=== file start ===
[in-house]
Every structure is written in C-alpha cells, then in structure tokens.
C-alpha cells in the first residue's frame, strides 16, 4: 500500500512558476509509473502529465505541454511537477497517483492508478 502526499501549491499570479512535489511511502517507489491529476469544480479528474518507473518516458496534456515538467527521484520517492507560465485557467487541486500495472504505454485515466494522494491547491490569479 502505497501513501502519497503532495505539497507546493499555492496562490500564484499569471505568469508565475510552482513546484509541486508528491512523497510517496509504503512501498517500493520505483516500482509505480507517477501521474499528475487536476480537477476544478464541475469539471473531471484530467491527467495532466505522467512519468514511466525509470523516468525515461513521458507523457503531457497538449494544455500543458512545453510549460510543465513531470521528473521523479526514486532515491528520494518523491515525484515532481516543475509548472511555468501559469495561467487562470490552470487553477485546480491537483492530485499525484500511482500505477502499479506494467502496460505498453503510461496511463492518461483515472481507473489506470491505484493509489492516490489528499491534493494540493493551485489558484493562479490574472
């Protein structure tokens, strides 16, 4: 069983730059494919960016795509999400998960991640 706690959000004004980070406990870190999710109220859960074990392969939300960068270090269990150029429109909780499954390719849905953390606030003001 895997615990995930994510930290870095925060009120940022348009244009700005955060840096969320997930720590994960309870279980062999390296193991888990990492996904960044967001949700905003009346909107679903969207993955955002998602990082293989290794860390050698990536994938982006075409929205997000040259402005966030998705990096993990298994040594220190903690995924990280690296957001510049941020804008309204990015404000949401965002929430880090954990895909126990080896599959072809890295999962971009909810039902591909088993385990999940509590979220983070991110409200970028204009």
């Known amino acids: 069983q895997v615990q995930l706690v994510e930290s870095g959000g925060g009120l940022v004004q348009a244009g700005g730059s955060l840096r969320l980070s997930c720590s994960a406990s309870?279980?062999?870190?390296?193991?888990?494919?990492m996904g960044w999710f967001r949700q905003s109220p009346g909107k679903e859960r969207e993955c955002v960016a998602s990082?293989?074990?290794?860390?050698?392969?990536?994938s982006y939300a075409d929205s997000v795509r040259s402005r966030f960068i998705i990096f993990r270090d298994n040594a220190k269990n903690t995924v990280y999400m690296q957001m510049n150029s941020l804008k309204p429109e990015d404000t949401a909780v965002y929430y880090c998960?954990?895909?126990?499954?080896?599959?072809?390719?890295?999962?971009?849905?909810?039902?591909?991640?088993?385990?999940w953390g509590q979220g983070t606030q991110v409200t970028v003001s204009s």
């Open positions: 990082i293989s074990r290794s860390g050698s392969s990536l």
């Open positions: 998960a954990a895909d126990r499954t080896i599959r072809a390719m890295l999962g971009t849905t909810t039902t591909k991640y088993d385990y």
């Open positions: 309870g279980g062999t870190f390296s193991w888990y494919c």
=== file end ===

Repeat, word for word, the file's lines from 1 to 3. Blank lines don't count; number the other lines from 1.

[in-house]
Every structure is written in C-alpha cells, then in structure tokens.
C-alpha cells in the first residue's frame, strides 16, 4: 500500500512558476509509473502529465505541454511537477497517483492508478 502526499501549491499570479512535489511511502517507489491529476469544480479528474518507473518516458496534456515538467527521484520517492507560465485557467487541486500495472504505454485515466494522494491547491490569479 502505497501513501502519497503532495505539497507546493499555492496562490500564484499569471505568469508565475510552482513546484509541486508528491512523497510517496509504503512501498517500493520505483516500482509505480507517477501521474499528475487536476480537477476544478464541475469539471473531471484530467491527467495532466505522467512519468514511466525509470523516468525515461513521458507523457503531457497538449494544455500543458512545453510549460510543465513531470521528473521523479526514486532515491528520494518523491515525484515532481516543475509548472511555468501559469495561467487562470490552470487553477485546480491537483492530485499525484500511482500505477502499479506494467502496460505498453503510461496511463492518461483515472481507473489506470491505484493509489492516490489528499491534493494540493493551485489558484493562479490574472